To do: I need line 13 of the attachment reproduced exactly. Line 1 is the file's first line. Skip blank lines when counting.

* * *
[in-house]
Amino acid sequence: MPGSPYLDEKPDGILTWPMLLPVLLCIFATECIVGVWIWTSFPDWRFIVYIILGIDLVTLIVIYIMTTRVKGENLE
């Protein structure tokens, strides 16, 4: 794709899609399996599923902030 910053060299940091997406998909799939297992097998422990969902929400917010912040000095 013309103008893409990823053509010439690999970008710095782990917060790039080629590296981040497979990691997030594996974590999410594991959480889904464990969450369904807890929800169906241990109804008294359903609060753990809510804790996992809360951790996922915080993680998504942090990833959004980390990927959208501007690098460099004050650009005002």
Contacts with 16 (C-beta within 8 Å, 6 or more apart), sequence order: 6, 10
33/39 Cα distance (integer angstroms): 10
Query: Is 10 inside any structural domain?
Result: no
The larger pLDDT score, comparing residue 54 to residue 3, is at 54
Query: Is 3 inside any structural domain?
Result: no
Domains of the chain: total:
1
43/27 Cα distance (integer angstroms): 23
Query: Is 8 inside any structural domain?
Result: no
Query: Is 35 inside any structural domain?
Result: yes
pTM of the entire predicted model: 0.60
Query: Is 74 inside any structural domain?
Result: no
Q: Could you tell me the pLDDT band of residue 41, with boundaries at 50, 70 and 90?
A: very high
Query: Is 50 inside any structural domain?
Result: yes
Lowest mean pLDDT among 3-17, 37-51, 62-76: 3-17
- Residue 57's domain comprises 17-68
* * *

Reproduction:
43/27 Cα distance (integer angstroms): 23